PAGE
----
we were at our guns ready for action, and there remained without firing a gun until late in the evening, when I saw a column of infantry [about two regiments] advancing to cross the upper pontoon bridge, when I gave the command to commence firing. We fired rapidly for a short time, driving the second regiment back behind Lacy's house. A little later in the day we fired at some cavalry and artillery, which soon withdrew from sight. I could have fired much more, but my orders were very strict about wasting ammunition, and only fired when certain of doing them damage. We slept at our guns that night.
On Friday, the 12th instant, we were engaged at various times in firing at batteries in crossing the river. About 2 p.m. a column of infantry [about a brigade] came in sight. I opened on them immediately, throwing shell in the head of their column, scattering them and doing them much damage, causing them to change their course and move back around Lacy's house. When we ceased firing, three ambulances came after the wounded. I could with a glass see many dead lying on the field after the ambulances had carried off the wounded. Later in the day I fired at some cavalry crossing the river at the ford. Again their ambulances were called into use.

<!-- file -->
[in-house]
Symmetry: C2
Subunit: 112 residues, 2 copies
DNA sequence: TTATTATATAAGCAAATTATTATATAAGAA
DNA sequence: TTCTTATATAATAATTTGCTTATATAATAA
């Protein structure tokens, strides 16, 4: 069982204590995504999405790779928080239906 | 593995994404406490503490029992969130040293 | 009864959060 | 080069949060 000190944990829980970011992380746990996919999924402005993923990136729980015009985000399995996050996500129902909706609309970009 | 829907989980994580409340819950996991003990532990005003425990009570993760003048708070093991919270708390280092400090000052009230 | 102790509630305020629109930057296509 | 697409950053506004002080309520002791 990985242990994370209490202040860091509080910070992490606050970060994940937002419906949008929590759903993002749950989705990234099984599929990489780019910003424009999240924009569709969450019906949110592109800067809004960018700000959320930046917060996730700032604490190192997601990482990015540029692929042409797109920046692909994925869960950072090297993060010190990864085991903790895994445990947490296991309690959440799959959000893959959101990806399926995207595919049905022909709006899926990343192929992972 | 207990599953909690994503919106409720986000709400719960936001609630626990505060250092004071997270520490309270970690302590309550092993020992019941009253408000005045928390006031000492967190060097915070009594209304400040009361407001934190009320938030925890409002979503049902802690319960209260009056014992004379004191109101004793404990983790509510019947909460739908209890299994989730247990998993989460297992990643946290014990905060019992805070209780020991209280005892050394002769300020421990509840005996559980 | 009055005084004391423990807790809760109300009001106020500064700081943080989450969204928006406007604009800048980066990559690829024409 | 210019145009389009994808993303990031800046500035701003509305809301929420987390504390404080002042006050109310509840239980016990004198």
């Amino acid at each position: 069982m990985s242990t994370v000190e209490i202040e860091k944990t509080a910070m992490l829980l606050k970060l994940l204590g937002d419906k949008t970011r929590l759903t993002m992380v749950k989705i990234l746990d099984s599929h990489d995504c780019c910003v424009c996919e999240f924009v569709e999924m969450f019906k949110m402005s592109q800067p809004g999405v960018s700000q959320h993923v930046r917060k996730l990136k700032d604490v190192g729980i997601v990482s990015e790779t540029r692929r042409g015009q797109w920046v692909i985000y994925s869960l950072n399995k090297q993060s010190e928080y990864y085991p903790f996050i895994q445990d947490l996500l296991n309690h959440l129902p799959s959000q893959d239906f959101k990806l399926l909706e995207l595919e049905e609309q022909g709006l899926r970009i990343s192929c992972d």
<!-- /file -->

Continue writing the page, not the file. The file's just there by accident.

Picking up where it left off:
On Saturday, I fired on infantry, cavalry, and artillery whenever they came within easy range; with what effect I could not tell.
On Sunday, I only fired a few shots at cavalry. Up to Sunday night we fired about 400 rounds, at which time I was relieved by a battery of smooth-bore guns,f and moved back to the position formerly occupied by Captain [Pichegru] Woolfolk's battery, since which time we have remained quiet.
I am happy to state that, although subjected to an enfilading fire of more than twenty-guns [and some of them their heaviest], our works, though frequently struck, were so strong that none passed through, but several passed over the top and through the embrasure into the pits. I lost none killed and only 2 wounded-Privates [N.] Hughes on leg, slightly, [A. R.] Hailey, in head, from concussion; 1 horse slightly wounded. I think we could have done them much more damage but for defectiveness of ammunition, causing us to lay aside all former experience of artillerists.
I have, general, the honor to be, your obedient servant,
J. W. LEWIS,
Captain, Commanding Lewis' Light Artillery.
No. 293. Report of Brigadier General William Mahone, C. S. Army, commanding Mahone's brigade.
HDQRS. MAHONE'S BRIGADE, ANDERSON'S DIVISION, December 21, 1862.
MAJOR: In response to the call from division headquarters, I beg to present the following statement of the operations of this brigade in the late bombardment and battle of Fredericksburg:
Promptly after the signal of alarm. Thursday, the 11th instant, the brigade was placed in the position assigned it by the division commander-immediately in rear of the line of battle selected, in the event